1. fajensen Silver badge
        Pint

        Re: The Flip Side of the COunter INtelligence COIN aint No Sunny 0Day Tripper Ride

        Can you imagine what will happen to them whenever the system realises their weaknesses and catches them?

        Golden Parachute emits it's jolly little "PoP!" and then they sail on the warm winds of Free Enterprise into a cushier, yet more important and better paid, position. Until finally they retire and become government advisors instead?

  3. Joe W Silver badge

    Acid - don't do it...

    A former colleague told me this. He was an interesting guy, for sure, and very reliable and sensible nowadays. He took it "way back when", but said that he had flashbacks for quite a while, and the kind and timing of them left something to be desired.

    And then there is the categorisation system as of another former colleague: "I'd take it, my brother would take it, my brother does not want to have anything to do with it". I think acid is definitely not cat1.

    I have some strange colleagues....

    1. Arthur the cat Silver badge

      Re: Acid - don't do it...

      Acid, and to some extent heroin, are such that in spite of all the propaganda against them, most people take them for a while and then stop without any lasting damage. Some people though end up massively damaged and with their lives completely screwed up (or ended). The problem is that beforehand you have no idea which group you will be in, which is why the propaganda against exists.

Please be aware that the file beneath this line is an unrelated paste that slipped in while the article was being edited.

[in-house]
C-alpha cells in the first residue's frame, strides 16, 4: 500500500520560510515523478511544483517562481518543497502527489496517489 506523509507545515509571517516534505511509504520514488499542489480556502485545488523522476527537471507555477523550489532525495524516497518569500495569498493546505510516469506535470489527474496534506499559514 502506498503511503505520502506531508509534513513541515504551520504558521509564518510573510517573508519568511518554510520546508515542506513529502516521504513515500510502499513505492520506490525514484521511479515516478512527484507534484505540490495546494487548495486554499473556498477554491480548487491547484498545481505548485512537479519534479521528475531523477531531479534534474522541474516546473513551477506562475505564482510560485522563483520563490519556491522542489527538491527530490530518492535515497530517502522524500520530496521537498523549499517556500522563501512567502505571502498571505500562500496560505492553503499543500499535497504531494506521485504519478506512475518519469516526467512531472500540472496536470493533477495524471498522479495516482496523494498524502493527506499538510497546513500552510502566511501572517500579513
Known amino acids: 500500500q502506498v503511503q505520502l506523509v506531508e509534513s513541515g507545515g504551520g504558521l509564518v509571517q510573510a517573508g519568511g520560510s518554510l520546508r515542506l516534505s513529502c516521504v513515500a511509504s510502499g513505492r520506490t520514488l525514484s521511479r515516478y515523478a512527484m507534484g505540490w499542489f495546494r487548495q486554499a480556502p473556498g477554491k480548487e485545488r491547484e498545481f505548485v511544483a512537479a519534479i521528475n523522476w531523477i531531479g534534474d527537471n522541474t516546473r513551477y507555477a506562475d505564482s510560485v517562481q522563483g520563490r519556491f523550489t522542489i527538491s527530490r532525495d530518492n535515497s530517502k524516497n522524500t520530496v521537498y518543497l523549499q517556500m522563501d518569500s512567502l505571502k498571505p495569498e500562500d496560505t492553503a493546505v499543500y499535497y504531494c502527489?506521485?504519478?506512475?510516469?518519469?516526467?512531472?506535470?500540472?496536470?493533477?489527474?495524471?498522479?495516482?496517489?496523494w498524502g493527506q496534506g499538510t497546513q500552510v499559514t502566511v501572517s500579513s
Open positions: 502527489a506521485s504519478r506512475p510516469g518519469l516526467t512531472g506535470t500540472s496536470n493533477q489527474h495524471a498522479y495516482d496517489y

1. Anonymous Coward
        Anonymous Coward

        Re: Acid - don't do it...

        That's why it isn't propaganda.

      2. Yet Another Anonymous coward Silver badge

        Re: Acid - don't do it...

        That's not true - even thinking about drugs will immediately kill you.

        I know because I went to school in the 80s and the Thatcher/Reagan governments would never lie

      3. a_yank_lurker Silver badge

        Re: Acid - don't do it...

        The problem is the side effects of LSD and heroin can be very nasty. There is no easy way beforehand to determine if you will have any of these side effects and at what dose. This is true of any powerful drug like these. It's propaganda but observable fact.

        Recreational use of these drugs is also hampered by dealers cutting them with all sorts things which can make what is already somewhat unpredictable even less so and even more dangerous.

      4. FlamingDeath Silver badge

        Re: Acid - don't do it...

        It’s impossible to become addicted to LSD, I am talking from experience. As to the description of the effects of psychedelics being that you will see talking colours and dragons, is utter bollox and just shows the lack of knowledge about the substance. If you want to converse with an entity that may or may not be a part of your imagination, take DMT, that is a true hallucinogen

        They’re talking about using psychedelics to treat addiction.

        Oh and the gov sacked Professor Nutt when he told them the truth about so-called controlled aibstances.